As Greek Prime Minister Alexis Tsipras steps up efforts to clinch a deal that would unlock financial aid, markets have already given their verdict.
The ASE Index of stocks jumped the most since September 2012 from a two-year low on April 21. It ended up 6.1 percent in April, the biggest rally in western Europe. Bonds returned 13 percent, while securities in the rest of the region fell.
Investors put money into Greek assets in April, betting the rally may have more to go if a default is averted. The nation and its creditors hope to reach a preliminary agreement by Sunday, ahead of a scheduled meeting of euro-area finance ministers on May 11, according to three people familiar with the matter.
“The fact that the political news looks better is why you’ve had an improvement in stocks last month and a retracement in bonds,” said Michael Michaelides, a fixed-income strategist at Royal Bank of Scotland Group Plc in London. “We think there will be a deal, and the short-term news has been good.”
Tsipras told his cabinet on Thursday that he’s confident a deal is close, even as his government sent conflicting signals on its willingness to agree on reforms required under the 240 billion-euro ($270 billion) bailout. Faced with debt payments of about 1 billion euros to the International Monetary Fund on May 6 and May 12, Greece hopes there will be enough progress in the talks by next week to allow the European Central Bank to restore liquidity access for the country’s cash-strapped banks.
Greek lenders, which reached a record low on April 21, climbed 16 percent last month, with shares of Eurobank Ergasias SA surging 29 percent. The price of the nation’s 2017 note rose to a seven-week high on Thursday, and the yield fell 317 basis points, or 3.17 percentage points, to 19.45 percent in April. Rates on 10-year bonds dropped 117 basis points to 10.47 percent.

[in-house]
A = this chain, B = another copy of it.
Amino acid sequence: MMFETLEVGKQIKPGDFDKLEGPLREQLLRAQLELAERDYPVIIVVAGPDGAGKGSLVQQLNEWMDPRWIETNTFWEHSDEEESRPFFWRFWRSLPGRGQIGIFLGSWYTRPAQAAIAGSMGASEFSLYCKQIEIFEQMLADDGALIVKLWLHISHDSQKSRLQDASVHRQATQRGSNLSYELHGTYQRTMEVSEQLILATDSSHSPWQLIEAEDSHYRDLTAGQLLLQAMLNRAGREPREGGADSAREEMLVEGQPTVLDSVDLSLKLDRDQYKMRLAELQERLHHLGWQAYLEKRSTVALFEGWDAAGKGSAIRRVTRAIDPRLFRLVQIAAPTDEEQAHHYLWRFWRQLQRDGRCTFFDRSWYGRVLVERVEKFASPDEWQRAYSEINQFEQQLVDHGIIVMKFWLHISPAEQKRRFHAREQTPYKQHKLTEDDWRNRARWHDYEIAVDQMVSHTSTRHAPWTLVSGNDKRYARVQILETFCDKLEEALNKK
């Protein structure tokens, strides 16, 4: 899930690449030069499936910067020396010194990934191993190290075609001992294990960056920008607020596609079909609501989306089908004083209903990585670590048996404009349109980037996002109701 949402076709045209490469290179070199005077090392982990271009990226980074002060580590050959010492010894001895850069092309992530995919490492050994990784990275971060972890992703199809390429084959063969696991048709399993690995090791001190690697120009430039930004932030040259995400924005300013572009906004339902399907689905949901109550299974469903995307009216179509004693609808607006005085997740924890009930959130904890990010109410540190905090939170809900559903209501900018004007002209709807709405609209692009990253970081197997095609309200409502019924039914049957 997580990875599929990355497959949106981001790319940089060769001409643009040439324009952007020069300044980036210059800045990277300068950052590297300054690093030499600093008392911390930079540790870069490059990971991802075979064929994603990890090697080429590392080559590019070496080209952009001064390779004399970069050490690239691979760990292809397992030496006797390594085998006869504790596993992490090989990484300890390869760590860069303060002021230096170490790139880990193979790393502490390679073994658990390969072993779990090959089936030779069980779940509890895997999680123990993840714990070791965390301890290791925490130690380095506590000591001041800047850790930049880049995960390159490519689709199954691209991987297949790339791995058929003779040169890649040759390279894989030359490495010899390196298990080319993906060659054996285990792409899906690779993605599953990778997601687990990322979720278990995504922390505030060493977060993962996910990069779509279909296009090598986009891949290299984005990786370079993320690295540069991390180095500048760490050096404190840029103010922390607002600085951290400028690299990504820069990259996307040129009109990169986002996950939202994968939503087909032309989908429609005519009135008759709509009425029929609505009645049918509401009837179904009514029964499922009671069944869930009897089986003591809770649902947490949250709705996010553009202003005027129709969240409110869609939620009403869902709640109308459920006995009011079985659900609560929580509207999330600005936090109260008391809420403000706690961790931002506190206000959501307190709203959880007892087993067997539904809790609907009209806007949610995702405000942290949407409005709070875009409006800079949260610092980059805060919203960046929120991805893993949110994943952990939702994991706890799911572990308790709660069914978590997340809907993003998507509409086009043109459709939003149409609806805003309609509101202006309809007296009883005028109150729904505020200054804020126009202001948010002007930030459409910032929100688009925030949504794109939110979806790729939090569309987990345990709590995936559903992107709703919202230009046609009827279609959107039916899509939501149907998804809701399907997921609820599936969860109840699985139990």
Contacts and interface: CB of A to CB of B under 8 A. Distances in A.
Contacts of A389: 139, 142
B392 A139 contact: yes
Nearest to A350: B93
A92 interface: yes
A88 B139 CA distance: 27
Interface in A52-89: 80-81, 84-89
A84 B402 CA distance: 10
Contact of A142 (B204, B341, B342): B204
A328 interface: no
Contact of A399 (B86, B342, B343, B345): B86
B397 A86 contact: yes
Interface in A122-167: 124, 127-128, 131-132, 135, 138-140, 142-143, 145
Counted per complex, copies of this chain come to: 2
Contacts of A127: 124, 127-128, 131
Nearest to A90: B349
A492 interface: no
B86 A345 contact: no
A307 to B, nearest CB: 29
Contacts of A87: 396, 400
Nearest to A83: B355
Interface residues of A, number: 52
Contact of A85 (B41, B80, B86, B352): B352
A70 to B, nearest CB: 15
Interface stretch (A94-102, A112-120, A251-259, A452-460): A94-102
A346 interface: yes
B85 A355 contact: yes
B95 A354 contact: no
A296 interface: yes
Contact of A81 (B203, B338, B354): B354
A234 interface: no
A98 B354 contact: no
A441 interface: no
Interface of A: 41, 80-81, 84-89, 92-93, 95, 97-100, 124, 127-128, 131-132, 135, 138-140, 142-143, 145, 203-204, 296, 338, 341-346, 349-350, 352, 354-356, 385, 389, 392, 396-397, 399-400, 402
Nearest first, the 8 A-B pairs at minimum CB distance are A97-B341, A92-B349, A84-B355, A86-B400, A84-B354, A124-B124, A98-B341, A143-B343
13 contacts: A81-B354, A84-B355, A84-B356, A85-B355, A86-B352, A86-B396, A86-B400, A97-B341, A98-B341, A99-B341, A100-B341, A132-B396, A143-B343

In a sign that the government may be ready to ease its stance against certain reforms, it plans to invite investors to buy a stake in the country’s main port of Piraeus on May 6, the same day the ECB may discuss collateral it accepts from Greek banks in return for emergency funding. Greece will proceed this year with the sale or lease of stakes in several strategic assets, including Piraeus Port Authority SA and 14 regional airports, according to Greek officials with direct knowledge of the matter.
An agreement with the creditors could still stumble at opposition within Tsipras’s government. Finance Minister Yanis Varoufakis said on Thursday Greece wouldn’t discuss pension cuts or a sales-tax increase, although he expressed hope that the nation would be able to regain market access after June.
Even with Greek stocks having recovered almost all their losses for the year, the ASE still has a lot of catch up to do. The index is down 40 percent from its high last year. The nation’s equity market is now worth $43 billion, down from $273 billion at its peak in 2007.
And trading in Greek government bonds is scant, with no turnover through the central bank’s electronic secondary securities market on Thursday, according to ANA. Data from the Bank of Greece showed trading volume across all maturities totaled 2 million euros in April, the least since February 2012. Volume plunged to zero in October 2011 after peaking at 136 billion euros in September 2004.
Still, Greek equities closed at their highest level in almost two months, and investors have added $223 million to an exchange-traded fund tracking the equities this year. The short interest on the Global X FTSE Greece 20 ETF fell to its lowest level since 2013 in April, Markit data show.
“We have seen a deep value rotation globally in April, with a lot of bombed-out stuff being picked up,” said Michael Ingram, a market strategist at BGC Brokers LP in London. “Greece was part of that. Of course, the question has to be asked: are they cheap for good reason. Greece is in a trilemma: Syriza wants to stay in government, stay in the euro and deliver real economic relief from the people. The prospects of achieving all three look close to zero.”